• Shortness of breath (dyspnea)
  • Wheezing
  • Pain in the chest
  • Fatigue
  • Pneumonia

Locally advanced disease (cancer has spread from where it started to nearby tissue or lymph nodes)

  • Hoarseness
  • Difficulty or pain in swallowing (dysphagia)
  • High pitched sound, usually heard while taking a breath, similar to wheezing (stridor)
  • Excess fluid in the lining of the lung (pleural effusion)
  • Excess fluid in the lining of the heart (pericardial effusion)

Distant metastases (cancer has spread to other parts of the body)

 

Brain

  • Headaches
  • Seizures
  • Nausea
  • Vomiting
  • Weakness
  • Confusion
  • Visual disturbances

Bone

  • Bone pain

Liver

  • Stomach pain (right side)
  • Yellowing of the skin and eyes (jaundice)
  • Fatigue
  • Weight loss
  • Nausea

Cancer can also cause symptoms far from the tumor that may not be related to the cancer or spread. Those symptoms include:

  • lack of appetite, weight loss, weakness (cancer cachexia or wasting syndrome)
  • clubbing of fingers
  • too much calcium in the blood (hypercalcemia)
  • low red blood cells (anemia)

 

Risk Factors

  • Smoking
  • Secondhand smoke
  • Radon
  • Other substances:  asbestos, arsenic, diesel exhaust,and some forms of silica and chromium
  • Personal or Family History of Lung Cancer
  • Radiation Therapy to the Chest 
  • Diet

 

Source  cdc | lungcanceralliance.org


American Diabetes Month

American Diabetes Month

diabetesDiabetes is the seventh leading cause of death in the US. Diabetes is a chronic (long-lasting) disease that affects how your body turns food into energy.

Most of the food you eat is broken down into sugar (also called glucose) and released into your bloodstream. Your pancreas makes a hormone called insulin, which acts like a key to let the blood sugar into your body’s cells for use as energy.

 

If you have diabetes, your body either doesn’t make enough insulin or can’t use the insulin it makes as well as it should. When there isn’t enough insulin or cells stop responding to insulin, too much blood sugar stays in your bloodstream, which over time can cause serious health problems, such as heart disease, vision loss, and kidney disease.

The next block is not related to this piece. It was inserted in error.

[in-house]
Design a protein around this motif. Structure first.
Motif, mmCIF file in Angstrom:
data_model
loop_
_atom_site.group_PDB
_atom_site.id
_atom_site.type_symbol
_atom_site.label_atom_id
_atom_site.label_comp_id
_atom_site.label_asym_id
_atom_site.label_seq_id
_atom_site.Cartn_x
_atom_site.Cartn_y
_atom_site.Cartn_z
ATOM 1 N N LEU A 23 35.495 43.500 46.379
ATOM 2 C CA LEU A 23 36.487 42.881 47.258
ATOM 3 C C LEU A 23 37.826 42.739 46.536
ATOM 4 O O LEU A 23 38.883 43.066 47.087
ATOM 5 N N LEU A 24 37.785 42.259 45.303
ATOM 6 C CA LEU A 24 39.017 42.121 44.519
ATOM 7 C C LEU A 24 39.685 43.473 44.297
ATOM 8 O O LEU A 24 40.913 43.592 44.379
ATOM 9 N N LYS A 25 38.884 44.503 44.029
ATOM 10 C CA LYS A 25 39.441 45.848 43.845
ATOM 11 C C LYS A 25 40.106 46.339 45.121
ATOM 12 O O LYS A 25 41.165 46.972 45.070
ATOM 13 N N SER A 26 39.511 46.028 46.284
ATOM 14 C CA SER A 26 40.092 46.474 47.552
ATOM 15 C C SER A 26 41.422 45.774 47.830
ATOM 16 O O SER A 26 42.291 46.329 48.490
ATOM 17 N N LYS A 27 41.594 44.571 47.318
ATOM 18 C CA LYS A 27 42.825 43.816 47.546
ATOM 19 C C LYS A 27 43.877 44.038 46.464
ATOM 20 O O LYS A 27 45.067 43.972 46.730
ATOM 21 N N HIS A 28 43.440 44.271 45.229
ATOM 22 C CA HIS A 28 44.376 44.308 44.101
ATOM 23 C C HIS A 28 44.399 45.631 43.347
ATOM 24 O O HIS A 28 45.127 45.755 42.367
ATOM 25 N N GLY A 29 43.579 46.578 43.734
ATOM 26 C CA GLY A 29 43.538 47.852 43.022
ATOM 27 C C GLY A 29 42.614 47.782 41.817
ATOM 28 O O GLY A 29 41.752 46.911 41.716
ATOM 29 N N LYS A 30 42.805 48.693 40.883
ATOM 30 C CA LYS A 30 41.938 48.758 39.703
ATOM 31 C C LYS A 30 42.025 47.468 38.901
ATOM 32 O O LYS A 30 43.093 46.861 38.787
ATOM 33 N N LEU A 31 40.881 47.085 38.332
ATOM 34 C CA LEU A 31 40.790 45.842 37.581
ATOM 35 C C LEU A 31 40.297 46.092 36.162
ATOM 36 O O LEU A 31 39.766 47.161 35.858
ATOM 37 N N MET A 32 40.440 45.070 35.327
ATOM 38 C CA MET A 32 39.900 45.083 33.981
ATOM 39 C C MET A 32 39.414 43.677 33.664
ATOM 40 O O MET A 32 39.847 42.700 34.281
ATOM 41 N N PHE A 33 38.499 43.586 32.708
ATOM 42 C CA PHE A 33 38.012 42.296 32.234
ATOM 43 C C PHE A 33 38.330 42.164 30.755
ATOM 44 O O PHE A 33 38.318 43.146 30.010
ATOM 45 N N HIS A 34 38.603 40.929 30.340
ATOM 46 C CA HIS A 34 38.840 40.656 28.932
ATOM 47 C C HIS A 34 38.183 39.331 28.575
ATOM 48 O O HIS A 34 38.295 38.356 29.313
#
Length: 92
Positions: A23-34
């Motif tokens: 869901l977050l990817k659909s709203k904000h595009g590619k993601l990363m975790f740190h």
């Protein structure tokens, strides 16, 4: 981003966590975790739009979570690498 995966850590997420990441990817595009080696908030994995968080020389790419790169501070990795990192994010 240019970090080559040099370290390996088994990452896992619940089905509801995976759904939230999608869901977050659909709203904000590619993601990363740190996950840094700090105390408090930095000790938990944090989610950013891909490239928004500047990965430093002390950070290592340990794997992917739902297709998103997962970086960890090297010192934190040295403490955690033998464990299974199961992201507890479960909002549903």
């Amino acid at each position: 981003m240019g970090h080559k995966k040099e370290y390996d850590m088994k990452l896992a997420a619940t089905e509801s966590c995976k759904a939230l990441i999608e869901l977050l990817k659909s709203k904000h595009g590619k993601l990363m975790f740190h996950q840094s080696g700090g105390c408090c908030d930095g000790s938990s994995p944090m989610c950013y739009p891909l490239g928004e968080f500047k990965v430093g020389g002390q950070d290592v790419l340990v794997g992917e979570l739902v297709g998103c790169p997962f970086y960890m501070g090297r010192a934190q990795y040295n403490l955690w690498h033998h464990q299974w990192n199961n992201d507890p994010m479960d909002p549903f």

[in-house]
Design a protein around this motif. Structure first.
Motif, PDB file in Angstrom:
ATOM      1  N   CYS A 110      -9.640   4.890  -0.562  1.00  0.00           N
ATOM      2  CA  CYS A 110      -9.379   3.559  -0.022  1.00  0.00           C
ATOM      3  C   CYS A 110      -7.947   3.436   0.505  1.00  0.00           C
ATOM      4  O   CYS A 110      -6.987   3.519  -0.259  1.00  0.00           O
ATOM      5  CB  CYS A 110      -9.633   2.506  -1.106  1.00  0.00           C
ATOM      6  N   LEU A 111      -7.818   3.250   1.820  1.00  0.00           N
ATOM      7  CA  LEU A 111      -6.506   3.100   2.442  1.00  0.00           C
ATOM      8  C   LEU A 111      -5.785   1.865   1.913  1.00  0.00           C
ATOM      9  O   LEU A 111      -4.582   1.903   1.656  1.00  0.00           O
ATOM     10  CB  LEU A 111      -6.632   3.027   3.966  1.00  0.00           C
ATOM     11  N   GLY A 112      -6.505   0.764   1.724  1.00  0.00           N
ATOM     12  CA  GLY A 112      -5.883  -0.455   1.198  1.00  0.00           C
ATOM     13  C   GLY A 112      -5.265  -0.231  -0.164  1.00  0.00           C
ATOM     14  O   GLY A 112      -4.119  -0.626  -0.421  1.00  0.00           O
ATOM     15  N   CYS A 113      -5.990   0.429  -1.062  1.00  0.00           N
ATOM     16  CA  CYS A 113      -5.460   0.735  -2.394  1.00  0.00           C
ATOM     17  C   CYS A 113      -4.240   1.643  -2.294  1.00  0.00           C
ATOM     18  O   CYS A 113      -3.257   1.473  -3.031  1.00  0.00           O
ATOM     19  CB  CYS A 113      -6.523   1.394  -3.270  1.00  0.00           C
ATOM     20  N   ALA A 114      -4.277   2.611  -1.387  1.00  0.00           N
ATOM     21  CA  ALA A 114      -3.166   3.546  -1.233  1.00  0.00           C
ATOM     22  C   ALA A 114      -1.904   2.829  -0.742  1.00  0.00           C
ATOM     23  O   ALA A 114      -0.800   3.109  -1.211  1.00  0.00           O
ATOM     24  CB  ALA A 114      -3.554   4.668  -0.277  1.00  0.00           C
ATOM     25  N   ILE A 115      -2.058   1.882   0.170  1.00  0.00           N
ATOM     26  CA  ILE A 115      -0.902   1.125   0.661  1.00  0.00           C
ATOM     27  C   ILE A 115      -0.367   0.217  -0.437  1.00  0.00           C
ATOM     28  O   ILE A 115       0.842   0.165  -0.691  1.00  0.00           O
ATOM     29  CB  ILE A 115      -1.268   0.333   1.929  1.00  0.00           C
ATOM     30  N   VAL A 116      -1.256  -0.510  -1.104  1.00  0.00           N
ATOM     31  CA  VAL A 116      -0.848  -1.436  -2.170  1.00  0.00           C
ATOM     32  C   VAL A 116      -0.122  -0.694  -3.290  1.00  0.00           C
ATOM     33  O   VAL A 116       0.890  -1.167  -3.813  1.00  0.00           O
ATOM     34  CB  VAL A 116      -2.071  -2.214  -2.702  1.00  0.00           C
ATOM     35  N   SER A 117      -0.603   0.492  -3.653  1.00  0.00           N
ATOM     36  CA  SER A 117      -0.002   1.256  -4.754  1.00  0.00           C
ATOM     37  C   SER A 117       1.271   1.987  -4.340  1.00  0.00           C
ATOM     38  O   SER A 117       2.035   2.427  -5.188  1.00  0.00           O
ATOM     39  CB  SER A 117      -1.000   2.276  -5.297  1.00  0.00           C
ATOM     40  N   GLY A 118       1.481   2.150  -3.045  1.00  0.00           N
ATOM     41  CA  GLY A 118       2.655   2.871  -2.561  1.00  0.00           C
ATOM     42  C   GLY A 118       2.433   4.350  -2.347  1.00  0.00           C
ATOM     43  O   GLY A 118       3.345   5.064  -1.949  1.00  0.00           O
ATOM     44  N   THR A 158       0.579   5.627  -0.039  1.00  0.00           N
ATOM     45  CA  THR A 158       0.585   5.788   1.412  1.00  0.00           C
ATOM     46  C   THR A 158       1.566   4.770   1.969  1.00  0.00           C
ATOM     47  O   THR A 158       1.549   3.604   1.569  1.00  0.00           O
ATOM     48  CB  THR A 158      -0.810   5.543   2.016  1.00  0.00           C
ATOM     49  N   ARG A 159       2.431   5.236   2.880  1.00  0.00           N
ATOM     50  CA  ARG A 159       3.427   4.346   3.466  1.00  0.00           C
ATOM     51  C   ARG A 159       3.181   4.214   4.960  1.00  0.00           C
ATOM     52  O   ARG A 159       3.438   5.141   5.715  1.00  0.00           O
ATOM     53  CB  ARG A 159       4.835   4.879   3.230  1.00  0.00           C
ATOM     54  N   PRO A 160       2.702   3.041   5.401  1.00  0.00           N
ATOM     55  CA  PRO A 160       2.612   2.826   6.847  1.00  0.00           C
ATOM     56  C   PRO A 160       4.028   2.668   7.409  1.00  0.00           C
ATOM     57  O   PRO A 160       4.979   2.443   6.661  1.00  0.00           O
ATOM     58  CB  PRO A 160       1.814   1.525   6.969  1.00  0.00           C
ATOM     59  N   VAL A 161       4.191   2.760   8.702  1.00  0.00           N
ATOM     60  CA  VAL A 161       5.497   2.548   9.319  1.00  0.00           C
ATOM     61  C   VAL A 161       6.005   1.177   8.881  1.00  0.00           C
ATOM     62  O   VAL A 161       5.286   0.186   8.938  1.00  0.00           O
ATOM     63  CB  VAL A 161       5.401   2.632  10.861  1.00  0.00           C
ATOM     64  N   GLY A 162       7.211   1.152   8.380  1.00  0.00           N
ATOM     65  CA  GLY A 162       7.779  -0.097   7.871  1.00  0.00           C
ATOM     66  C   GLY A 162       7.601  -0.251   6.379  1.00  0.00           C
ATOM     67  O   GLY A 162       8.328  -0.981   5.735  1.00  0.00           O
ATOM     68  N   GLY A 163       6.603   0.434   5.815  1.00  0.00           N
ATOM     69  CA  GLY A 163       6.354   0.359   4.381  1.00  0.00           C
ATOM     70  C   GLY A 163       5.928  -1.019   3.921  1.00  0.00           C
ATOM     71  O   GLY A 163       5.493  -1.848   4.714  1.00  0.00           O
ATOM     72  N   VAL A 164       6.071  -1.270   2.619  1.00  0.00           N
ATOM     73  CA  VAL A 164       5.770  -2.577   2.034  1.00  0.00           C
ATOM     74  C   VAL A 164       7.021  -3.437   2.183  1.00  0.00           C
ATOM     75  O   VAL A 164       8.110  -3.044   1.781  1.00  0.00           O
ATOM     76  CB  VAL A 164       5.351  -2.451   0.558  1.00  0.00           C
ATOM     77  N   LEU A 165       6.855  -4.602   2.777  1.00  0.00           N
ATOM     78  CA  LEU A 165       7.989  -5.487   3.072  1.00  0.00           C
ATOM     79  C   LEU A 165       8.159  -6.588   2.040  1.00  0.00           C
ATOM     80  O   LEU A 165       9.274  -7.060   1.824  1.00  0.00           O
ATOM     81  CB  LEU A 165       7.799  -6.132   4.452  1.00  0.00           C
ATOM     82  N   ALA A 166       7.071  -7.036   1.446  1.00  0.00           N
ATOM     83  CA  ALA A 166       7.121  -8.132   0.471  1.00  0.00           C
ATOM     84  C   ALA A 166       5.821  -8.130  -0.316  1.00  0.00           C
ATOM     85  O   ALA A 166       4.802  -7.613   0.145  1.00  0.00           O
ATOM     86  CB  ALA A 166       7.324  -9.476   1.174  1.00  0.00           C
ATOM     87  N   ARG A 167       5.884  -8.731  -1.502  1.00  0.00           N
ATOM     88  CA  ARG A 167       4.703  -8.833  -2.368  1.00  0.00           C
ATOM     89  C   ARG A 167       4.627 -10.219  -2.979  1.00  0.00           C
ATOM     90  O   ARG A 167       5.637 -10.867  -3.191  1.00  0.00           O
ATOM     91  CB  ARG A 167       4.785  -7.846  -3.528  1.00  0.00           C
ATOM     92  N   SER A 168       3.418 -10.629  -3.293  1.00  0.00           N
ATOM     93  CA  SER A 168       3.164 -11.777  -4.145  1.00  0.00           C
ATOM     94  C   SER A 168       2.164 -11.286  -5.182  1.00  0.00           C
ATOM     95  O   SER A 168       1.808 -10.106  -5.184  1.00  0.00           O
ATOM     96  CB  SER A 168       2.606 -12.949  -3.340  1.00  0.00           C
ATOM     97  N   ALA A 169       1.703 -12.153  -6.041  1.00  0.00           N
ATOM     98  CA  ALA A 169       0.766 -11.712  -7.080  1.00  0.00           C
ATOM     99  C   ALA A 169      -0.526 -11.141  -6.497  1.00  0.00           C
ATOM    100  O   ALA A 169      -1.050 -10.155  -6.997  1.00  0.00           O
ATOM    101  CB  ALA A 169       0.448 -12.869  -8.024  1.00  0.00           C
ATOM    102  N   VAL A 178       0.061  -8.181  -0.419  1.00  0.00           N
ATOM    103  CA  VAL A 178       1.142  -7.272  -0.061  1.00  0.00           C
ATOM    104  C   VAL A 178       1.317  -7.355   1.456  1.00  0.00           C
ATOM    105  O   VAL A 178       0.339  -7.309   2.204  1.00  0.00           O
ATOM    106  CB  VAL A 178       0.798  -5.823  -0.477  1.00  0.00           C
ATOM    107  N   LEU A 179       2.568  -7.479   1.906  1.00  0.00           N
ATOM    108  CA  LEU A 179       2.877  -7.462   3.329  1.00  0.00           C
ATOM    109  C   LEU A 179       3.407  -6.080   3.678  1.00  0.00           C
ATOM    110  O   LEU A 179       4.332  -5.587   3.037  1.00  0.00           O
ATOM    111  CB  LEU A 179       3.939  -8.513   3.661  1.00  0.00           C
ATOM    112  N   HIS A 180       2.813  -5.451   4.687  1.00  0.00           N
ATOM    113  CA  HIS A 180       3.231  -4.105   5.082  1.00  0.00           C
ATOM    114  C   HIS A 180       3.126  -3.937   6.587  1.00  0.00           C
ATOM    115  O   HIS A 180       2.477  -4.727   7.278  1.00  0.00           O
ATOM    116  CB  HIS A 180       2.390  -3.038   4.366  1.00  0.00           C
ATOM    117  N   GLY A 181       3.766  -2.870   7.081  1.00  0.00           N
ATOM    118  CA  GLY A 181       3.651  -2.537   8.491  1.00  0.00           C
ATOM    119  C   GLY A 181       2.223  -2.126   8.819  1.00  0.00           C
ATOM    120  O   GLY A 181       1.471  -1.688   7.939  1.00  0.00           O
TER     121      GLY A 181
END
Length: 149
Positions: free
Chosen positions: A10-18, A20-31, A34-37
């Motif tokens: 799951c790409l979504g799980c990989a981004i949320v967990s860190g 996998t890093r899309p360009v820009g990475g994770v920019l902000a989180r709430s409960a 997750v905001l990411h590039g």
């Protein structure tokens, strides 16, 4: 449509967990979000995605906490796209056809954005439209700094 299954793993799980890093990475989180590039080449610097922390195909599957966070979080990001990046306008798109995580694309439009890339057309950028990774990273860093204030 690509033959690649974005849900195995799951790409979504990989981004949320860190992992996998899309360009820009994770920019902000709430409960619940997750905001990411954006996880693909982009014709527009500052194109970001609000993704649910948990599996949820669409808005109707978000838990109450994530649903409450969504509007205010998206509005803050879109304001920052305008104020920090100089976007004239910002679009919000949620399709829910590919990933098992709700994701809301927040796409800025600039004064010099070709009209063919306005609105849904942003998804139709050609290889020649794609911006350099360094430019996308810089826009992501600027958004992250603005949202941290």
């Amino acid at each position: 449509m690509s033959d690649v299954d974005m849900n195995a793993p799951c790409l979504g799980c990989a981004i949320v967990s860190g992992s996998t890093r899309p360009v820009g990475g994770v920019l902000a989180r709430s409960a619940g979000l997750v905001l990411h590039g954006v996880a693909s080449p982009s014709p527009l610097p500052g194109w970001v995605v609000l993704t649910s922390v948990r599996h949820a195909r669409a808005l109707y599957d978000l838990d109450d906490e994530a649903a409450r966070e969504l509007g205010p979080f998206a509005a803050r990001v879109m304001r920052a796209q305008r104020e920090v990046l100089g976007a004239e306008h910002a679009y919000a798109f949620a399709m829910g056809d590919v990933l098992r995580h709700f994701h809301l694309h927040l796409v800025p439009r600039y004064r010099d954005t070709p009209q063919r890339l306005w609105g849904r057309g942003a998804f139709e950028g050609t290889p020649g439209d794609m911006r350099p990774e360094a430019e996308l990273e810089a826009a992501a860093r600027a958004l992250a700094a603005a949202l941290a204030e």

There isn’t a cure yet for diabetes, but healthy lifestyle habits, taking medicine as needed, getting diabetes self-management education, and keeping appointments with your health care team can greatly reduce its impact on your life.

 

Types

Type 1 diabetes is usually diagnosed in children and young adults, and was previously known as juvenile diabetes. Only 5% of people with diabetes have this form of the disease.

 

In type 1 diabetes, the body does not produce insulin. The body breaks down the sugars and starches you eat into a simple sugar called glucose, which it uses for energy. Insulin is a hormone that the body needs to get glucose from the bloodstream into the cells of the body. With the help of insulin therapy and other treatments, even young children can learn to manage their condition and live long, healthy lives.

 

Type 2 diabetes. Diabetes is a problem with your body that causes blood glucose (sugar) levels to rise higher than normal. This is also called hyperglycemia. Type 2 diabetes is the most common form of diabetes.

If you have type 2 diabetes your body does not use insulin properly. This is called insulin resistance. At first, your pancreas makes extra insulin to make up for it. But, over time it isn’t able to keep up and can’t make enough insulin to keep your blood glucose at normal levels.

 

Diabetes Symptoms

The following symptoms of diabetes are typical. However, some people with type 2 diabetes have symptoms so mild that they go unnoticed.

Common symptoms of diabetes:

  • Urinating often
  • Feeling very thirsty
  • Feeling very hungry – even though you are eating
  • Extreme fatigue
  • Blurry vision
  • Cuts/bruises that are slow to heal
  • Weight loss – even though you are eating more (type 1)
  • Tingling, pain, or numbness in the hands/feet (type 2)

Early detection and treatment of diabetes can decrease the risk of developing the complications of diabetes.

 

Source  cdc | diabetes.org


National Alzheimer's Disease Awareness Month

National Alzheimer’s Disease Awareness Month

Alzheimer’s is a type of dementia that causes problems with memory, thinking and behavior. Symptoms usually develop slowly and get worse over time, becoming severe enough to interfere with daily tasks. alzheimers2

 

Alzheimer’s and dementia basics

  • Alzheimer’s is the most common form of dementia, a general term for memory loss and other cognitive abilities serious enough to interfere with daily life. Alzheimer’s disease accounts for 60 to 80 percent of dementia cases. 
  • Alzheimer’s is not a normal part of aging. The greatest known risk factor is increasing age, and the majority of people with Alzheimer’s are 65 and older. But Alzheimer’s is not just a disease of old age. Approximately 200,000 Americans under the age of 65 have younger-onset Alzheimer’s disease (also known as early-onset Alzheimer’s). 
  • Alzheimer’s worsens over time. Alzheimer’s is a progressive disease, where dementia symptoms gradually worsen over a number of years. In its early stages, memory loss is mild, but with late-stage Alzheimer’s, individuals lose the ability to carry on a conversation and respond to their environment. Alzheimer’s is the sixth leading cause of death in the United States. Those with Alzheimer’s live an average of eight years after their symptoms become noticeable to others, but survival can range from four to 20 years, depending on age and other health conditions. 
  • Alzheimer’s has no current cure, but treatments for symptoms are available and research continues. Although current Alzheimer’s treatments cannot stop Alzheimer’s from progressing, they can temporarily slow the worsening of dementia symptoms and improve quality of life for those with Alzheimer’s and their caregivers. Today, there is a worldwide effort under way to find better ways to treat the disease, delay its onset, and prevent it from developing.